McConnell opposes 'nuclear option' in budget debate

Senate Majority Leader Mitch McConnellAddison (Mitch) Mitchell McConnellPolitical figures pay tribute to Charles Krauthammer Charles Krauthammer dies at the age of 68 Overnight Energy: EPA declines to write new rule for toxic spills | Senate blocks move to stop Obama water rule | EPA bought 'tactical' pants and polos MORE (R-Ky.) on Sunday expressed opposition to using the “nuclear option” to allow the Senate to pass a long-term budget with 51 votes.

“The Republican Conference opposes changing the rules on legislation,” a spokesman for McConnell said. 

President TrumpDonald John TrumpCNN analyst Kirsten Powers: Melania's jacket should read 'Let them eat cake' CNN's Cuomo confronts Lewandowski over 'womp womp' remark Sessions says FBI agent Peter Strzok no longer has his security clearance MORE earlier Sunday suggested Republicans should deploy the tactic if the Senate is unable to come to an agreement to fund the government.

Doing so would allow the party, which holds 51 seats in the Senate, to pass legislation without a single Democratic vote.

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The issue came up on the second day of a partial government shutdown. Each party has steadfastly blamed the other for the ongoing shutdown.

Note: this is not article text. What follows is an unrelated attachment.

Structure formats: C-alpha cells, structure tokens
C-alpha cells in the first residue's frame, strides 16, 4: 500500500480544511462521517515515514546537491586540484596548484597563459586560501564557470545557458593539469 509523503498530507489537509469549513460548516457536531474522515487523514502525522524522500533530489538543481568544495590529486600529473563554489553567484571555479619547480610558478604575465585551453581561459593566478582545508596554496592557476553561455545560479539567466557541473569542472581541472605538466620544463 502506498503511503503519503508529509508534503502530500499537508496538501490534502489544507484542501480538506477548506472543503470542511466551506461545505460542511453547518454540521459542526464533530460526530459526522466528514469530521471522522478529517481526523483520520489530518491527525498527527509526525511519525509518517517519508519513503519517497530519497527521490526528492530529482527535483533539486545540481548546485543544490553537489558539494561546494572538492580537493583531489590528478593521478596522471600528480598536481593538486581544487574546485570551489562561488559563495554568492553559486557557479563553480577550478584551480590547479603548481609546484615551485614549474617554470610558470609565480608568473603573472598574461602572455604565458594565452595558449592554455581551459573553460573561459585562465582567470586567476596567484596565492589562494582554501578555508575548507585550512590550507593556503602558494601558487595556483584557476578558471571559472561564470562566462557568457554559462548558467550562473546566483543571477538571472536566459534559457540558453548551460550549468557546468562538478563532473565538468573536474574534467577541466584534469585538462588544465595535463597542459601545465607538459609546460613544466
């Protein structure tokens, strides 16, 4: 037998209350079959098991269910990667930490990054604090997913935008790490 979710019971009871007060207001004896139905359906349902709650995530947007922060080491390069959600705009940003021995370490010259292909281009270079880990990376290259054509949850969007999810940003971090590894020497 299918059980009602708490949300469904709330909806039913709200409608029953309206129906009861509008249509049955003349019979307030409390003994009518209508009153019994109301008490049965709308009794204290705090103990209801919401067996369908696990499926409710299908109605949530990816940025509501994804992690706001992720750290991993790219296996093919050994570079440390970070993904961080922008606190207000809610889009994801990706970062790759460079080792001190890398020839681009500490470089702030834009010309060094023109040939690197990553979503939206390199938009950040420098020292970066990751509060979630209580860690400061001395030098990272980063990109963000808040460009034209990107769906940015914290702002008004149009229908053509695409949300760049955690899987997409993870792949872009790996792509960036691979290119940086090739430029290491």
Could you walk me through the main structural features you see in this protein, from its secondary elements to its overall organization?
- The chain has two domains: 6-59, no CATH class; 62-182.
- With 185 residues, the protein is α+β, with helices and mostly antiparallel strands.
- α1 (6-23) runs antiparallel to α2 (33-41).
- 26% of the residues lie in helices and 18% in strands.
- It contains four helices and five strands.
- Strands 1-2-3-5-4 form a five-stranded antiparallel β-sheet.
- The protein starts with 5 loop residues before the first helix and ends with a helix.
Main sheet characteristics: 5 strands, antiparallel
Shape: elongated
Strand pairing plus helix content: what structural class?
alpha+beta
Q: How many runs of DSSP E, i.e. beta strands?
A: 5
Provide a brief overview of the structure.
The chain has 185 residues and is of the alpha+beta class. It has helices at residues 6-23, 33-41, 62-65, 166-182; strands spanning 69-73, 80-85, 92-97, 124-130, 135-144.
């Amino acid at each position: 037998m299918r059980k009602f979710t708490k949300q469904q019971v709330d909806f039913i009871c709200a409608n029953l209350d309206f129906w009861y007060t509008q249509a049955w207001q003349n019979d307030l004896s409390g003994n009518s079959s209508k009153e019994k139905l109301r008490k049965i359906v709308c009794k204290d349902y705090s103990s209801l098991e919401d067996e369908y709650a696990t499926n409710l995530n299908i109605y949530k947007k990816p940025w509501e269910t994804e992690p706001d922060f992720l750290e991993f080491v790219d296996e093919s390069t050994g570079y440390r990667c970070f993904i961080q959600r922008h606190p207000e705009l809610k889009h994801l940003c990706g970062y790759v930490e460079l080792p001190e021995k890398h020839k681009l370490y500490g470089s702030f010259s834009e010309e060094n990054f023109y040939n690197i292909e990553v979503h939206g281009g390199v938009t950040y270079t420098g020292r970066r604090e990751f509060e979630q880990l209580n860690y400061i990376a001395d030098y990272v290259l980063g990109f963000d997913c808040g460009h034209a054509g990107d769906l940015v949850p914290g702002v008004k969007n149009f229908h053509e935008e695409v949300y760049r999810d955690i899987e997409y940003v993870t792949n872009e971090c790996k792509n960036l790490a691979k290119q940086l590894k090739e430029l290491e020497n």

Republicans have labeled it the “Schumer Shutdown,” in reference to Senate Minority Leader Charles SchumerCharles (Chuck) Ellis SchumerMontana's environmental lobby teams with governor to kill 600 jobs Dems allow separation of parents, children to continue, just to score political points Democrats' education agenda would jeopardize state-level success MORE (D-N.Y.), while Democrats have pointed to Trump and Republicans, who have majorities in both chambers of Congress.

Republicans might not have enough votes to pass a funding bill along strict party lines. Four Republicans voted against the legislation on Friday night. Five Democrats voted for it.